Big, bold moves: Detroit Three CEOs poise the companies for success.

Author:Lapham, Edward

After a couple of years straight out of a surrealistic doomsday novel, 2011 could be a breakout year for the Detroit Three automakers and their CEOs.

As part of the unprecedented times this community has faced--and survived--each of the Detroit Three is headed by a CEO who isn't originally from around here.




They came to Detroit from different directions with different skill sets, and they came because they were needed.

Since they arrived in town, the three CEOs--Alan Mulally at Ford, Sergio Marchionne at the Chrysler Group and Dan Akerson at General Motors--have been preoccupied with restructuring, cutting costs and ducking wave after wave of economic setbacks.

But that's about to change, thanks to the way they have done their jobs and an auto market that is slowly but surely heading back to a more normal pace.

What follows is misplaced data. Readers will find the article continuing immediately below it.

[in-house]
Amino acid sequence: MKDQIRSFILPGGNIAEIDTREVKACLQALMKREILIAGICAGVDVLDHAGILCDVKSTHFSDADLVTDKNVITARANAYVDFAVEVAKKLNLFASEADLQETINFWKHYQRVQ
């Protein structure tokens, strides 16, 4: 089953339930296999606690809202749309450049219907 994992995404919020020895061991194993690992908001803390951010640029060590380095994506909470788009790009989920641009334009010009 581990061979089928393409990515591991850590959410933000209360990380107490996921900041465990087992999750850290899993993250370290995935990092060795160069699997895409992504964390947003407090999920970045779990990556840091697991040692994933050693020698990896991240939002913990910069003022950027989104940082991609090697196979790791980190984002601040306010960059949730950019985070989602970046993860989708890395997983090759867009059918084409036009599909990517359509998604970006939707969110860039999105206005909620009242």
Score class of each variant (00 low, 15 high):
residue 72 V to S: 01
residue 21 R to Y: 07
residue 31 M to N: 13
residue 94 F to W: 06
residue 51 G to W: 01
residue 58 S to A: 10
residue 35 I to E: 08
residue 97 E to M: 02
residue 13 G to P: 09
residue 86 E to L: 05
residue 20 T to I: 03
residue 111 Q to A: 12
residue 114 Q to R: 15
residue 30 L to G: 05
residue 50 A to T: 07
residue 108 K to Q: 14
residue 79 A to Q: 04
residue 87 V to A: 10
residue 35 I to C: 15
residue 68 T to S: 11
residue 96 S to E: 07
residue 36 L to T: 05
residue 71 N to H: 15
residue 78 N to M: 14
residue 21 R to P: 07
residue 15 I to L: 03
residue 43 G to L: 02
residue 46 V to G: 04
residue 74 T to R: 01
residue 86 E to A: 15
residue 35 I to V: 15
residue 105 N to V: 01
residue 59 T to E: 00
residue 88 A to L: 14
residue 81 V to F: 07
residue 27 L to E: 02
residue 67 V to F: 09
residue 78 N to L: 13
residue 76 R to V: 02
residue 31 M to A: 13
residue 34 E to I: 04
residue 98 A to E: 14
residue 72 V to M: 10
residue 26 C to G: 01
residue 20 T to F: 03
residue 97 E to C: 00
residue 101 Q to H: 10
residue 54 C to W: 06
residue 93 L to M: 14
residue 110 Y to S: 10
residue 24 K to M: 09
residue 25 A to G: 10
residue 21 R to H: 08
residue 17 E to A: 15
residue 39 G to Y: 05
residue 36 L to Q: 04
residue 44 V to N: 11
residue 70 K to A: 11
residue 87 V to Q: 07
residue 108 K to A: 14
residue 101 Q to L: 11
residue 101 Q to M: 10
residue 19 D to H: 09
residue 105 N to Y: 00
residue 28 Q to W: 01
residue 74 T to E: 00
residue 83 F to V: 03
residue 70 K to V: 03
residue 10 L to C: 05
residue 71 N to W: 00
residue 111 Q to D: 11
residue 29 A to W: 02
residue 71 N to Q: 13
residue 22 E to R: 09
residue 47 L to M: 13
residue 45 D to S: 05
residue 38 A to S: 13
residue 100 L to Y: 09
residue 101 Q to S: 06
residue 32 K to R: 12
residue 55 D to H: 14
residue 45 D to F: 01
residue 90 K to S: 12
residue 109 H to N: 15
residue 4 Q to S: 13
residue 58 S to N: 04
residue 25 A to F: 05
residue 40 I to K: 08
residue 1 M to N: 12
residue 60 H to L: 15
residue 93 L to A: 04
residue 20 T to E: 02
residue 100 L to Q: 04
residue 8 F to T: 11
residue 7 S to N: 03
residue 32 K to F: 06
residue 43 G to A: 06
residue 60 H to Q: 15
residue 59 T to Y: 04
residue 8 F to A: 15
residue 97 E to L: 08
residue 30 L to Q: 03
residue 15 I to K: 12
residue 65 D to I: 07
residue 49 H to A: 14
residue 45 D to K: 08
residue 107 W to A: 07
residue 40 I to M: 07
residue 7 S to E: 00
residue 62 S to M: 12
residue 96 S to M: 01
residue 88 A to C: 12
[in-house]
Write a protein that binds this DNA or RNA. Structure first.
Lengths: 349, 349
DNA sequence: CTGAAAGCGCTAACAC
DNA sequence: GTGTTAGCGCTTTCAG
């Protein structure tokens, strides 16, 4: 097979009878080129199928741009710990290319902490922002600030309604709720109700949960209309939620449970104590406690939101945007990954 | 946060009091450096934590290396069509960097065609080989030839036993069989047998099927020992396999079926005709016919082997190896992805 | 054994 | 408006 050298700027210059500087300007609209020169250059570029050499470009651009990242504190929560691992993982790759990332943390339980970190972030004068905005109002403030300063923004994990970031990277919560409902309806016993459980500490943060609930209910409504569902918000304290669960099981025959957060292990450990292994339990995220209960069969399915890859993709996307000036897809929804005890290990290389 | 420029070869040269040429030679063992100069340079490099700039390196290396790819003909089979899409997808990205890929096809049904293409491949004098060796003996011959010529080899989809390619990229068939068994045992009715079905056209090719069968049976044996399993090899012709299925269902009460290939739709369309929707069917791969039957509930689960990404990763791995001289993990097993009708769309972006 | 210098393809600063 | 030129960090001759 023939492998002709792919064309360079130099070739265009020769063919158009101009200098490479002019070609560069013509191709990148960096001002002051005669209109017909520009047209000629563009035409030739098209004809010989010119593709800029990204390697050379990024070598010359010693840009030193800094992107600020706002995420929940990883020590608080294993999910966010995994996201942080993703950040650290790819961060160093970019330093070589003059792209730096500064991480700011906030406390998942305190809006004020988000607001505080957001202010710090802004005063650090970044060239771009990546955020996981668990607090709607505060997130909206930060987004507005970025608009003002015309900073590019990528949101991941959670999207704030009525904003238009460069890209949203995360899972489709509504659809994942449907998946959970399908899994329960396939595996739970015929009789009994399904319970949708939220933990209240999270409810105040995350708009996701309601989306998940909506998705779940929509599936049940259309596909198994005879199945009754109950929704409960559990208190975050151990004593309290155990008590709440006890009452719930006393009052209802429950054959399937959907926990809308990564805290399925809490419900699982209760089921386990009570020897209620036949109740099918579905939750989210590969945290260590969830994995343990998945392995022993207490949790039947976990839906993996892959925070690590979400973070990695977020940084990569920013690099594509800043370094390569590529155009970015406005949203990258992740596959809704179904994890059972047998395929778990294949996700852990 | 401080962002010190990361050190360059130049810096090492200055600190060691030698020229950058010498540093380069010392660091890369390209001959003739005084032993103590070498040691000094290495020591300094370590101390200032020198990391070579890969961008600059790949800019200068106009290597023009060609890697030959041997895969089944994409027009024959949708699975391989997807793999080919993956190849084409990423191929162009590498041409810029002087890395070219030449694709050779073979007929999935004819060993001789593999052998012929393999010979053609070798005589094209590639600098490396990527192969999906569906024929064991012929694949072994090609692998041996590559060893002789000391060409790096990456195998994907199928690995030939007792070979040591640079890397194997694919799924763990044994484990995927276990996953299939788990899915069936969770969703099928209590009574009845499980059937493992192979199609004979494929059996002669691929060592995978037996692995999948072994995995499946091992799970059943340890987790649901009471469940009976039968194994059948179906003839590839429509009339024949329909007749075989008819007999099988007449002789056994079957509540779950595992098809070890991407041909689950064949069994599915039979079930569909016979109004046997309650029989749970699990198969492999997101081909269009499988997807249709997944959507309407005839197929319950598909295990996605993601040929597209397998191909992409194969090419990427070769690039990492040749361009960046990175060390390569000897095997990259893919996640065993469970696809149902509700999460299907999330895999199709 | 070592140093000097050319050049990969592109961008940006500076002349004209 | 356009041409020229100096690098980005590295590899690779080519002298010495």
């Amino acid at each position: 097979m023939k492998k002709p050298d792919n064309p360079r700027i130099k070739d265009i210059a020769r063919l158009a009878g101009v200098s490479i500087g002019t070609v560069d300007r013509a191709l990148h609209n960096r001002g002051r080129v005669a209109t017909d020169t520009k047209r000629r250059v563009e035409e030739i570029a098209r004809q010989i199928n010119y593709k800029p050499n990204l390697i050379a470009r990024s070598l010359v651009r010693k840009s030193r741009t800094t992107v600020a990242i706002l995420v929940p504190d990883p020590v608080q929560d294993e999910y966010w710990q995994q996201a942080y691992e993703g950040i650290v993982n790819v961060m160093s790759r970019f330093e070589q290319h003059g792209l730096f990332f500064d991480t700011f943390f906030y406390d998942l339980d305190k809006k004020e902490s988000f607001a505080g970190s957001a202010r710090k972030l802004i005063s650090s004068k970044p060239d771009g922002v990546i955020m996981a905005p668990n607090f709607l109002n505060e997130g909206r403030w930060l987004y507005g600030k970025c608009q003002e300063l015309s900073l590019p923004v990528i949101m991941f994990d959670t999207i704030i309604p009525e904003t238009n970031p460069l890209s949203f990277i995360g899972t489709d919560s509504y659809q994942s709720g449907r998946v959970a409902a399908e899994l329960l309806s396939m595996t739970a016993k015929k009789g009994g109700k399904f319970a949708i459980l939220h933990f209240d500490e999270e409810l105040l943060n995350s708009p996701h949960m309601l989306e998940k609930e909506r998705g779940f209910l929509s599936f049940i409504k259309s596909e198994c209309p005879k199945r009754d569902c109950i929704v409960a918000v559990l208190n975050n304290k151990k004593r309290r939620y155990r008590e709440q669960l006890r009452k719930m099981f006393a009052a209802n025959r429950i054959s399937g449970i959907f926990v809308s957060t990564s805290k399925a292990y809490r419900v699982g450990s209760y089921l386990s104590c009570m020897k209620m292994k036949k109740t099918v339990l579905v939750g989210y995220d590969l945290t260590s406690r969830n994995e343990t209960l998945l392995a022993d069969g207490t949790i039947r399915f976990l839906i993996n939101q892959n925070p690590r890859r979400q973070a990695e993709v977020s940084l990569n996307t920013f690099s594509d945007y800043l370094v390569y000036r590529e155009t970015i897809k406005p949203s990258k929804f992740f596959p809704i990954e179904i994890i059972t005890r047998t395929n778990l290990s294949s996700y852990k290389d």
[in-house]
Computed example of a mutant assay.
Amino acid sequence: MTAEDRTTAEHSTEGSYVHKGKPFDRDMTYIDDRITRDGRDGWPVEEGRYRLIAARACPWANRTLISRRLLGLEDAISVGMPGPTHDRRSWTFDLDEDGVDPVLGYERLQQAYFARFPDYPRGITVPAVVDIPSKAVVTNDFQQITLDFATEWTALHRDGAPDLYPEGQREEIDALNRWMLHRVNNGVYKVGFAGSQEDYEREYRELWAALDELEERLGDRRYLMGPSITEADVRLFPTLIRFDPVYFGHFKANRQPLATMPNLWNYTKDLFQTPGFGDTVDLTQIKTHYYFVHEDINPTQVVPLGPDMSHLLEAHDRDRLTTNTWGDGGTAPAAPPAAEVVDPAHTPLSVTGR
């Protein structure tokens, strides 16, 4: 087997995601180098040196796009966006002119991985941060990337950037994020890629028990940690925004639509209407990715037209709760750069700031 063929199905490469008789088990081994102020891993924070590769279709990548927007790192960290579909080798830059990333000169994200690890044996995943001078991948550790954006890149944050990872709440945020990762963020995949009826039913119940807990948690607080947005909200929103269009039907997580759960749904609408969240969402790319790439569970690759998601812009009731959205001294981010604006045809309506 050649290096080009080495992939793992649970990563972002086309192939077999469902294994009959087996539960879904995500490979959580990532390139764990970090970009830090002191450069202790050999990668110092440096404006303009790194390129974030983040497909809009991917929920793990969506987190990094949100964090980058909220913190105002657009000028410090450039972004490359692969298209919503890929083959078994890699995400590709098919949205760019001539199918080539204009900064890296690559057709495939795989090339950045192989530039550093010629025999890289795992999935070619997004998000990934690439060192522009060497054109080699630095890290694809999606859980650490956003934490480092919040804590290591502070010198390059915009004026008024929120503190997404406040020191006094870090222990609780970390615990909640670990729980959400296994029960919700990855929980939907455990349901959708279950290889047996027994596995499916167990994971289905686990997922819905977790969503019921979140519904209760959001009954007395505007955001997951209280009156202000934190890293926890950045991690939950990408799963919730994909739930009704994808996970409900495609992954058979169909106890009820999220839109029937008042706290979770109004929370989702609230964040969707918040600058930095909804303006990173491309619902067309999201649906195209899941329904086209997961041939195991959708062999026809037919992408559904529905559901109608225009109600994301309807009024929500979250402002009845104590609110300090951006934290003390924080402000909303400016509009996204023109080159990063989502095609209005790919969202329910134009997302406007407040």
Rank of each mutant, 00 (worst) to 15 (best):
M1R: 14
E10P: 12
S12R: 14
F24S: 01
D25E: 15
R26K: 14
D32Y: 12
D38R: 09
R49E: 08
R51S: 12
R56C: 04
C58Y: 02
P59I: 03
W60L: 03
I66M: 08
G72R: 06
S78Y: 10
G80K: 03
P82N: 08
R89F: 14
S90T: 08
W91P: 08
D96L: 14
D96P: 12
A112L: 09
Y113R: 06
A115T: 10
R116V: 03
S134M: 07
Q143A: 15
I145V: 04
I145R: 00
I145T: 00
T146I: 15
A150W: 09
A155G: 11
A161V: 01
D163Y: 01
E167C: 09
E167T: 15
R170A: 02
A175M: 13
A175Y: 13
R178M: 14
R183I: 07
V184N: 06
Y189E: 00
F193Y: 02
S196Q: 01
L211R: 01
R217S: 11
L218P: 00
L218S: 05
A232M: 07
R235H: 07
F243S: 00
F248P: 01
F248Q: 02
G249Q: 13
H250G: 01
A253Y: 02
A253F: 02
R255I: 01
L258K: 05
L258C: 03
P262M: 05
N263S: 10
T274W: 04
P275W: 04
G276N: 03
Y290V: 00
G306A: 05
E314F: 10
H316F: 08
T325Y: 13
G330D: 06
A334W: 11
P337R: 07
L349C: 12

Automotive News reports the analysts' consensus sales volume for 2011 is 12.7 million cars and light trucks. Some of the more bullish prognosticators say 14 million, given the right set of economic circumstances.

That's still a long way from the 17 million units the industry sold annually until the recession tanked the economy. But even the consensus volume of 12.7 million units would be is a solid 10 percent improvement over 11.5 million units sold in 2010.

The Detroit Three are ready to cash in.

But it hasn't been easy.

Since 2006 when he was hired away from Boeing, Mulally has recast Ford into a single, global entity, using the "One Ford" concept to unify product development, overhaul the company's culture and eliminate unnecessary overhead. Unlike the two cross-town rivals, Mulally--with the solid backing of the Ford family--did it by hocking the company to get the necessary capital, which ultimately kept them from succumbing to a government directed bankruptcy.

Ford's approach has made...

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